Turning of the Seasons

King Solomon, in Ecclesiastes wrote, “There is a time and a season for everything.” The seasons are turning in Ohio and Indiana. And I am fine with that. 

Last year, we missed autumn because we were in Arizona. My wife and I tried to get used to drinking pumpkin spiced concoctions in one hundred degree heat. We never could quite get used to it. This autumn feels normal again. The frost is on the pumpkin and the fodder’s in the shock. (Thank you, James Whitcomb Riley)

What does all this mean on an autumn Saturday? Only that things change. Life changes continually, and I love it. Now, ask me again in a few months when the snow is falling, the temperature plummets and I start complaining about selling my snow blower!

Took a risk, no regrets

Last year, my wife and I took one of the biggest risks of our lives. We moved away from everything and everyone we knew to do what we were called to do. I resigned from a steady job where I had a recent promotion to join my wife in this new adventure. Like the legend of Hérnando Cortéz, we burned our ships didn’t look back and headed for Arizona.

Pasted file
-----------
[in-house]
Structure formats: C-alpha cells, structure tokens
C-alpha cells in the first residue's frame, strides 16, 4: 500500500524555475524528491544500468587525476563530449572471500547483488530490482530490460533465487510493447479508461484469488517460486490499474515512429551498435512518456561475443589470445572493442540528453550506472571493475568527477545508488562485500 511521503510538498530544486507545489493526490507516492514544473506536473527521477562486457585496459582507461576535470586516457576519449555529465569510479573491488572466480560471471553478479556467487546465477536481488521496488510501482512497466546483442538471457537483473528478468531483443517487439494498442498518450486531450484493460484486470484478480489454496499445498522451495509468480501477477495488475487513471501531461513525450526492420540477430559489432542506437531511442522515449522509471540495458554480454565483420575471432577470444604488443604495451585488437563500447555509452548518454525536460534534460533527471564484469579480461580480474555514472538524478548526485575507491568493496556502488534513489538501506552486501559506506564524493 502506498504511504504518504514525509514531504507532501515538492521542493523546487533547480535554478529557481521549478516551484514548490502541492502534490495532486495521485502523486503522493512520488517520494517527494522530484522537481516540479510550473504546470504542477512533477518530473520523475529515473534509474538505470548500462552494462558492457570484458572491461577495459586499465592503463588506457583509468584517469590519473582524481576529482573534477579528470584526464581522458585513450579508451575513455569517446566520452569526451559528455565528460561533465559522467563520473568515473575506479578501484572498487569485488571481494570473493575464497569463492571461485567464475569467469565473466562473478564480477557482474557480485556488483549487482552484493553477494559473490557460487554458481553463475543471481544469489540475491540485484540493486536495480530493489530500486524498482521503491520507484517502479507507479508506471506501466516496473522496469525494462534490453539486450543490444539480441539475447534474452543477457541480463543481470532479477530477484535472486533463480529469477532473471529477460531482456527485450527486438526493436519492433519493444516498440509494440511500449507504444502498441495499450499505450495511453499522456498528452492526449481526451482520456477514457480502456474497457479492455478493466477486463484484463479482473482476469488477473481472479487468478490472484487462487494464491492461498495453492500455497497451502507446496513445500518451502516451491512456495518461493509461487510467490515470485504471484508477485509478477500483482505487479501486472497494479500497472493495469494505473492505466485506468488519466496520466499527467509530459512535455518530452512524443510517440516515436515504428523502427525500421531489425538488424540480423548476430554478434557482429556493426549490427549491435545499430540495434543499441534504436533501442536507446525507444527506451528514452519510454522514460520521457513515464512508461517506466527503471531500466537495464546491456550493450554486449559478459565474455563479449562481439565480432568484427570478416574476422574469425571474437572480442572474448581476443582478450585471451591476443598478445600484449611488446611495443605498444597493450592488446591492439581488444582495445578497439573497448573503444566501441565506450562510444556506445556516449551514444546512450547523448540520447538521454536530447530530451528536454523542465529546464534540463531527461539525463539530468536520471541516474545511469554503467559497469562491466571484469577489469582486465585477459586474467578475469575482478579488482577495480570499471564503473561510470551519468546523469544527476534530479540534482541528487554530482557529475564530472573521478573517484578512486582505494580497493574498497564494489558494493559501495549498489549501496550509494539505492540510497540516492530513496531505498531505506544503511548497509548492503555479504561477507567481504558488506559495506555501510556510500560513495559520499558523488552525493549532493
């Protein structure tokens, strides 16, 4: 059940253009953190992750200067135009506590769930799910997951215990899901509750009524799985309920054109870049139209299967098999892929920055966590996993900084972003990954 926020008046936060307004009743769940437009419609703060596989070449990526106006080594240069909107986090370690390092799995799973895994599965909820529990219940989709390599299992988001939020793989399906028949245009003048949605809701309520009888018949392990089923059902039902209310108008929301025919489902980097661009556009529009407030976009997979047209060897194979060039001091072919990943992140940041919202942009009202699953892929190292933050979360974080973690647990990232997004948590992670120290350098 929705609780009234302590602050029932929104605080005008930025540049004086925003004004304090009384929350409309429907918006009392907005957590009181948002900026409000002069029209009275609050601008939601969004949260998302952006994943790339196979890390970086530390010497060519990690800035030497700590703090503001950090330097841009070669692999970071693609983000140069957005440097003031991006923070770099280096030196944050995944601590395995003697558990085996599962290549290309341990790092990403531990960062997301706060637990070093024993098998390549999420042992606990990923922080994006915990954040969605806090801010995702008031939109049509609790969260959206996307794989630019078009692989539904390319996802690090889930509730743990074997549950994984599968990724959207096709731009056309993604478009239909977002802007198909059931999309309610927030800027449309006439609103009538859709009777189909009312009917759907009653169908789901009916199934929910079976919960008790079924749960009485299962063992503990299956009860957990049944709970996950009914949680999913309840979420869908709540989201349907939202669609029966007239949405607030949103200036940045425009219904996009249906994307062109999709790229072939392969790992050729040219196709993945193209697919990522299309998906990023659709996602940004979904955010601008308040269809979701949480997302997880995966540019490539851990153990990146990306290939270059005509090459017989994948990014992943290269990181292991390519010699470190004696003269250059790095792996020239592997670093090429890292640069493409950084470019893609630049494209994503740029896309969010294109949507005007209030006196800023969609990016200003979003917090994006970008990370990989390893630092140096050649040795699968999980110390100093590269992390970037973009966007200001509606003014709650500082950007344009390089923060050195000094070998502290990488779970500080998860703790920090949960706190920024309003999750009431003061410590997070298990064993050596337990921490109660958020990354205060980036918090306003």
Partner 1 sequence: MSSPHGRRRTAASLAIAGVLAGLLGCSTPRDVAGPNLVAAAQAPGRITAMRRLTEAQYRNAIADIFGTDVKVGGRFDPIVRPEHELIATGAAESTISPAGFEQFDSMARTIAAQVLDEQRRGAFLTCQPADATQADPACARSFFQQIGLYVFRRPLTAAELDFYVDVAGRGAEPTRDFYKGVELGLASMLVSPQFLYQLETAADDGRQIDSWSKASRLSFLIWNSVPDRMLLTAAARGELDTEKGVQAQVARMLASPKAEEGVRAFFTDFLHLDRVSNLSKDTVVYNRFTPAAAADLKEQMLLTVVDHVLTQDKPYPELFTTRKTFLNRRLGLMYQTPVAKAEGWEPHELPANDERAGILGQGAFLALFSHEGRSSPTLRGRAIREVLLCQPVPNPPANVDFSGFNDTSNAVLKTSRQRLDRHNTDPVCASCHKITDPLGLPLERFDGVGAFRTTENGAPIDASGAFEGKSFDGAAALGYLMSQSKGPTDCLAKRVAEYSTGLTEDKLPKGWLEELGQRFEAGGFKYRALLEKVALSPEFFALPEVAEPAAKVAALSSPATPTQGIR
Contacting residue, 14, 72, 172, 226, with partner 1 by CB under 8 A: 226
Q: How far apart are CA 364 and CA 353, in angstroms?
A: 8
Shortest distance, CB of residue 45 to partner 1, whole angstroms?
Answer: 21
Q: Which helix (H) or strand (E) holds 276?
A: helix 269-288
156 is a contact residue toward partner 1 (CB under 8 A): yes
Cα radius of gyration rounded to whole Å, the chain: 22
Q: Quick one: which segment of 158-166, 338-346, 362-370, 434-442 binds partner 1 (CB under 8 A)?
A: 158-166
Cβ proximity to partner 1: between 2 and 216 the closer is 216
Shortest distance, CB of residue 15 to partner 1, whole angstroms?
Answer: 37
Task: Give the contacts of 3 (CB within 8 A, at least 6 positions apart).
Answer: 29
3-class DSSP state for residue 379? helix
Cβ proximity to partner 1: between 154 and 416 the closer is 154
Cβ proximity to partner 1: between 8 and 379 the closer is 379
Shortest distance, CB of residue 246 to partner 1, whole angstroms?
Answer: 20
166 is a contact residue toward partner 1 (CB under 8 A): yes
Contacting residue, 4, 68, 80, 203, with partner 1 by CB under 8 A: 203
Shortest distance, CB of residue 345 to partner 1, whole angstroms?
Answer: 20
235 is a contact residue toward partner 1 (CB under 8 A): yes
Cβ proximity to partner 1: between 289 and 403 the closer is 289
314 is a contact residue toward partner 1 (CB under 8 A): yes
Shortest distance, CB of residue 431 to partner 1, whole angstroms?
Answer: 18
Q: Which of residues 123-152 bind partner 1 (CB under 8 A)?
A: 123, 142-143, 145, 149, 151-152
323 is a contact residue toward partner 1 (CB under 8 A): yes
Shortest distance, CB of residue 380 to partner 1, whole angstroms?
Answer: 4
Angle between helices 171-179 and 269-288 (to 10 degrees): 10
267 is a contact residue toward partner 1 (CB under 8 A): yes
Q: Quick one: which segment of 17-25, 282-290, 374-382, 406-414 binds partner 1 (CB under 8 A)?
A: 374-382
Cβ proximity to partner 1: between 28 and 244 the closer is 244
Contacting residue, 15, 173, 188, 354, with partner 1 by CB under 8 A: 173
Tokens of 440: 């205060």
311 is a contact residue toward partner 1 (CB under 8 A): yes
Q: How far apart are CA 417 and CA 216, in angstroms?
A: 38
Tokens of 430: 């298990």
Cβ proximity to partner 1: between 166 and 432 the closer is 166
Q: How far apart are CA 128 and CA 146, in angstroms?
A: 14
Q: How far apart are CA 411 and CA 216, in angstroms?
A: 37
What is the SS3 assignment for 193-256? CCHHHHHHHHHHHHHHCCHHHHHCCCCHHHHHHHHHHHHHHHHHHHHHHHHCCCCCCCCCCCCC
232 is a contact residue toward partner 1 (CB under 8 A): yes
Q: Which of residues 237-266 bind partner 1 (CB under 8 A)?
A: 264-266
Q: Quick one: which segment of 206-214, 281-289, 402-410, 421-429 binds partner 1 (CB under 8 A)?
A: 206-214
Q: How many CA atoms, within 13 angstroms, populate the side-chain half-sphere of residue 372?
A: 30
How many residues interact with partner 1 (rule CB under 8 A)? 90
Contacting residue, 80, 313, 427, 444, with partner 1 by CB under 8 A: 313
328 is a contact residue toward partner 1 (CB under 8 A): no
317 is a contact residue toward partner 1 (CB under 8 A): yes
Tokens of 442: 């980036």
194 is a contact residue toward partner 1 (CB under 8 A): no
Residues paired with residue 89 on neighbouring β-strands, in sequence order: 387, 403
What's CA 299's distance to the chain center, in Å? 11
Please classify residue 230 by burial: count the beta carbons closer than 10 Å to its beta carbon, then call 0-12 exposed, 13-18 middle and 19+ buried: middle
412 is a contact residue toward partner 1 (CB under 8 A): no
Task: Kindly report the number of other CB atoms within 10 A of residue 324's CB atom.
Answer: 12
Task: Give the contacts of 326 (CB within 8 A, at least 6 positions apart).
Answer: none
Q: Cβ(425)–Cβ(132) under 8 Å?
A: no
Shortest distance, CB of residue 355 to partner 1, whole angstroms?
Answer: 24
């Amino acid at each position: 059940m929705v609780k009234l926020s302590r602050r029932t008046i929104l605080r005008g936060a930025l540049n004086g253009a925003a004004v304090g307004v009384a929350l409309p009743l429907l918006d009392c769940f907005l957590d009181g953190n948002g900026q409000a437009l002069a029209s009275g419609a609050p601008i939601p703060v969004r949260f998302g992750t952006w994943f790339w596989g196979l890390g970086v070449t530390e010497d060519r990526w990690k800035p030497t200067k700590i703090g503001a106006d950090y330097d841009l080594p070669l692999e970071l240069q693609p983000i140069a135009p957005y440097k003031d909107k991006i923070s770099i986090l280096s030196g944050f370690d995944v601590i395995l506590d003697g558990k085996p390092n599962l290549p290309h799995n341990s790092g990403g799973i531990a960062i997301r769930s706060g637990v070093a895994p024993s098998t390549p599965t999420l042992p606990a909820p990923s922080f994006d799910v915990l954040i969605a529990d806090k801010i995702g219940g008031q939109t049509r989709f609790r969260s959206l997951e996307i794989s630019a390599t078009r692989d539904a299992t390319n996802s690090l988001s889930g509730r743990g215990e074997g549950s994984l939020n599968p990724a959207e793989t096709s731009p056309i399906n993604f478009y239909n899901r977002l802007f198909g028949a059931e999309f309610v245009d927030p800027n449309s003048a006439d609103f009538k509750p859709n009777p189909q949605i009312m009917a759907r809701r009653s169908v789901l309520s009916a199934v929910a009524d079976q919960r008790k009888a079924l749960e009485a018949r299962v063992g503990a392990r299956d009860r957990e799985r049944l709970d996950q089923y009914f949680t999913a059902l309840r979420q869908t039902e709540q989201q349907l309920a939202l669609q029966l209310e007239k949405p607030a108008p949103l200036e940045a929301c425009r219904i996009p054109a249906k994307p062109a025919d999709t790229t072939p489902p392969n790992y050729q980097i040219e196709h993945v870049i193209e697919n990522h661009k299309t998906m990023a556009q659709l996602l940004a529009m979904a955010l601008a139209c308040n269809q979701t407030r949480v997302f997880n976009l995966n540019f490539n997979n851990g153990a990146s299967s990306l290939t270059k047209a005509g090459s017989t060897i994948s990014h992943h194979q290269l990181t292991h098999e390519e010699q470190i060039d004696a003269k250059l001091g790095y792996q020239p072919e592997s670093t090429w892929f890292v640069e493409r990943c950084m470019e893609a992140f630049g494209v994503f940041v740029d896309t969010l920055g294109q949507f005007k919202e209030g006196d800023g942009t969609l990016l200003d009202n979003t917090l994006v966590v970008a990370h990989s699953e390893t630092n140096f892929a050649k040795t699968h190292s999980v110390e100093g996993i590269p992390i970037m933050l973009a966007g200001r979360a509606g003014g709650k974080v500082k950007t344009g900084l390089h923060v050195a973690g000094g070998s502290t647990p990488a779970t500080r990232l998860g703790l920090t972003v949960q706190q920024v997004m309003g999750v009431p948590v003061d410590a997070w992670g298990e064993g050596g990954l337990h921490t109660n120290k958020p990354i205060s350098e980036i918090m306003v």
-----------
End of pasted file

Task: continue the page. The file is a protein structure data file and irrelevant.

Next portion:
It didn’t work out the way we had hoped. I thought I could immediately land a new job right away. It took eight months. My father-in-law was gravely ill and eventually passed away. This caused us to make many trips back to the Midwest. A five-year commitment was cut to one year.

Yet, we have no regrets. In fact, I am glad we took a risk. It taught me a few things I never expected.  Continue reading “Took a risk, no regrets”

Risk, Rewards, Regrets, and Resolve

 

Risk inherently means there is a possibility of failure. If you don’t wash your hands, you could wind up sick. If you play in a busy street, there is a good chance you’ll wind up in the hospital or morgue. If you put all your money on one stock, you could become rich or have a lot of scrap paper lying around.

When a person feels they have nothing to lose, they take big risks. The more money and success someone has, they become risk averse. Continue reading “Risk, Rewards, Regrets, and Resolve”